Those who think that the European Union should develop according to the agreed and ratified treaty aims of an ever closer union among the peoples of Europe are likely to favour the emergence of a parliamentary system, based on the votes of EU citizens, with European level government.
In this respect, the Treaty of Lisbon is a step forward, because it strengthens the legislative powers of the European Parliament, by extending co-decision (the ordinary legislative procedure) to a number of policy areas or issues.
The importance of the Lisbon Treaty should not be exaggerated. Special legislative procedures remain in many areas, with the Council in a privileged position. Treaty reform is still in the hands of the member states, not the representatives of EU citizens. Foreign, security and defence policy continue to be outside the effective control of the European Parliament, and even the Council’s powers are basically subject to unanimity, ensuring that the European Union remains a relative midget in world affairs. The member states block the resources (taxation) and make the strategic spending decisions (long term budget), although the European Parliament is allowed a wider role with regard to annual budgets.
Regardless of the entry into force of the Lisbon Treaty, an effective and democratic European Union is still a long way off.
New European Parliament
The newly elected European Parliament will convene for the first time in about two weeks. It should start to formulate its priorities for the coming five years.
There are questions, where the European Parliament can function as a conscience and a catalyst or debate. There are also matters, where the EP has all the tools to gain the trust of EU citizens by wise internal decisions and practices.
As the only EU institution directly elected by the citizens, the European Parliament has an obligation to keep the question of EU reform alive. This requires the judicious use of own initiative reports on long term institutional reform towards real parliamentary democracy.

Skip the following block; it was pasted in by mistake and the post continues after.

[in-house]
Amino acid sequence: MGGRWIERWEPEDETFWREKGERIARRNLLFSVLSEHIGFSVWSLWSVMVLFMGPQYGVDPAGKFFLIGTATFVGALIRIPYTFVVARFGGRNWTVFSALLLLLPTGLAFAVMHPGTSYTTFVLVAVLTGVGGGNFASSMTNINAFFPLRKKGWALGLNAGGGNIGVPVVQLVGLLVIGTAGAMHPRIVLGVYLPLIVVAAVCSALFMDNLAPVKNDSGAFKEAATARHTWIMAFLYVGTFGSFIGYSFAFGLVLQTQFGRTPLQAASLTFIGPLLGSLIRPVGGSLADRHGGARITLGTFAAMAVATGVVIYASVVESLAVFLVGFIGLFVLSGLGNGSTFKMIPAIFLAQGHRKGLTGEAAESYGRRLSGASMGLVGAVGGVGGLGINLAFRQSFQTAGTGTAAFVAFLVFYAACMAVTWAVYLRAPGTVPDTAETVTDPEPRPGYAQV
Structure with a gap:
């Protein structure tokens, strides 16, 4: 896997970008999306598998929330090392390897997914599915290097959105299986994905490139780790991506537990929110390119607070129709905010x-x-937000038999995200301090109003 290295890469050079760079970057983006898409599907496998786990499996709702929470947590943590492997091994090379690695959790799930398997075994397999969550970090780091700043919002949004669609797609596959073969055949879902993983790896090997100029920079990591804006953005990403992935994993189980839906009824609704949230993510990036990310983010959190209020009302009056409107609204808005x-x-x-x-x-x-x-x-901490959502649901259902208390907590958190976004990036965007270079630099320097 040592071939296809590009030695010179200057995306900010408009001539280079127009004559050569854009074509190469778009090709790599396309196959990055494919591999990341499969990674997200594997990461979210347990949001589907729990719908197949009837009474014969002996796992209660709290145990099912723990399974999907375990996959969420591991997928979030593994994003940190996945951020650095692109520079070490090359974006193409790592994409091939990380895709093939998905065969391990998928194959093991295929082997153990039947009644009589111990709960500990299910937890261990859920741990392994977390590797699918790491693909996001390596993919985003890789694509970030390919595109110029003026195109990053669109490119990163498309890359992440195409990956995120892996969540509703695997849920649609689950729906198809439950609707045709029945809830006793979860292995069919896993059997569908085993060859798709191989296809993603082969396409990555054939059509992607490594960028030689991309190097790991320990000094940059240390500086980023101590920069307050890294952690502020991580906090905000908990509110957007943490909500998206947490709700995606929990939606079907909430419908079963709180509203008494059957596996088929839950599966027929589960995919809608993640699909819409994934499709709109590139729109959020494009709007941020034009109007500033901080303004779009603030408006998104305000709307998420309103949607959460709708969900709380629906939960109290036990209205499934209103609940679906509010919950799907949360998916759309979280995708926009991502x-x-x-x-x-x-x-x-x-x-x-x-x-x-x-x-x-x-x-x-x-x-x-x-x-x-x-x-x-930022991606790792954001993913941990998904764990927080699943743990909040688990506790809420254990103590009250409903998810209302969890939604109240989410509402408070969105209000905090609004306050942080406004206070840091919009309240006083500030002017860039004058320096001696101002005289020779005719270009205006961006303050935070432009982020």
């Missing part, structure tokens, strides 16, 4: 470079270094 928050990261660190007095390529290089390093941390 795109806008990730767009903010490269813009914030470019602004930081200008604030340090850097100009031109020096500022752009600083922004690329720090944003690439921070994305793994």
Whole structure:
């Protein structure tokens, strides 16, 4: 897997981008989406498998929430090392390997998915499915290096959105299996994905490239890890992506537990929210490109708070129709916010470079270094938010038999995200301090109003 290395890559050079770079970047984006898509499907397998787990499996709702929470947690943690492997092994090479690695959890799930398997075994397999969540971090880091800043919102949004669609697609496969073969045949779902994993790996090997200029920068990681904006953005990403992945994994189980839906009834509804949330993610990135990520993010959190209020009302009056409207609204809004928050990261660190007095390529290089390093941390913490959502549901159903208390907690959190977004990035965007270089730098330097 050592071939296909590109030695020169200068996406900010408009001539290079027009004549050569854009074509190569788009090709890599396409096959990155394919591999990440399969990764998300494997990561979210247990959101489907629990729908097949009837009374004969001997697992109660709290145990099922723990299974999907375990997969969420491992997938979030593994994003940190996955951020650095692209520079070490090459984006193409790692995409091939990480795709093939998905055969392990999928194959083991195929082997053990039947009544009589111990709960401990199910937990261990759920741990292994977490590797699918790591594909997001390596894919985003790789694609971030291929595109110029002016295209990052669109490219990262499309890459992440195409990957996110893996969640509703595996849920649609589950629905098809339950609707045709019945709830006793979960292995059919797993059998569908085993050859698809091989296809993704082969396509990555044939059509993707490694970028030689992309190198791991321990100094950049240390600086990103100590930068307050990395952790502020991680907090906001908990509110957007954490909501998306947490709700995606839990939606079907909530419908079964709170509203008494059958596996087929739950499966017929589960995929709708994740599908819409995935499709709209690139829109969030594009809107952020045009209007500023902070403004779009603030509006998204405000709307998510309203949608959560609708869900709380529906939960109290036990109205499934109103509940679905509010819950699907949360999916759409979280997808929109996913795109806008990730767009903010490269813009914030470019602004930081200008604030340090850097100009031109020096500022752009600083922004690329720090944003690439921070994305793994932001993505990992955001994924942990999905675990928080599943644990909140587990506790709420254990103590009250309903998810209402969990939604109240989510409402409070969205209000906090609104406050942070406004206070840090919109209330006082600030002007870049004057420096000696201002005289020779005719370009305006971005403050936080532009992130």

In the future, all running political affairs should be decided by simple majorities, abolishing the need for majorities of the component members (and thus the stifling “grand coalitions”).
The European elections 2009 and the political parties at European level (Europarties) showed weaknesses, which demand constructive initiatives and proposals in order to strengthen European level democracy.
The European Parliament needs to take a critical look at itself and its image. As shown by the Westminster expenses scandal, the EP has to change its attitude to openness, transparency and sound financial practices, although it has curbed some of the most flagrant excesses from the beginning of the new parliamentary term.
The European Parliament does a better job than the Council at informing the public about its legislative work (committee agendas, proposed amendments, reports) than the Council, but the same standards should be extended to the EP’s internal bodies, such as the Bureau and the Conference of Presidents, including the meeting documents. They should be made automatically and visibly accessible to the public in the same manner.
Internal audit reports should be made available automatically and followed up by proposals and decisions, including actions taken against wayward MEPs. Whistleblowers should be promoted instead of demoted.
Despite differing views on the ultimate goals of European integration, the European Parliament has many reasons to take on board criticism of its practices, such as Open Europe’s publication The European Parliament - What does it do and how does it affect your everyday life? (April 2009)
For instance, the following proposals by Open Europe (with some modifications by me) merit serious consideration:
• The Parliament should publish the official figures for MEPs’ salary, pension and expense entitlements in one easily accessible document. (This should include information about EU and national taxation.)
• MEPs need to be open and transparent about how they spend their allowances and should publish all this information.
• MEPs should be obliged to produce receipts for all expenses, and receive allowances accordingly, rather than receive flat-rate expenses for office equipment, etc.
• All unused allowances, and allowances not supported with receipts, should be reimbursed back to the EU budget.
• Any MEP who is caught misusing allowances should, after a proper legal inquiry, be suspended and replaced.
• A robust register of MEPs’ financial interests
• The European Parliament should regularly propose to the Council treaty reform leading to an end to the “traveling circus” between Brussels and Strasbourg
• An end to opaque back-room deals with regard to MEPs rights and obligations (Open committee preparation. See also Bureau and Conference of Presidents publicity above)
• Publish full minutes of Committee meetings
• Allow MEPs greater freedom in debates
• MEPs need to make it clear what they stand for (much facilitated, if the need for grand coalitions is scrapped)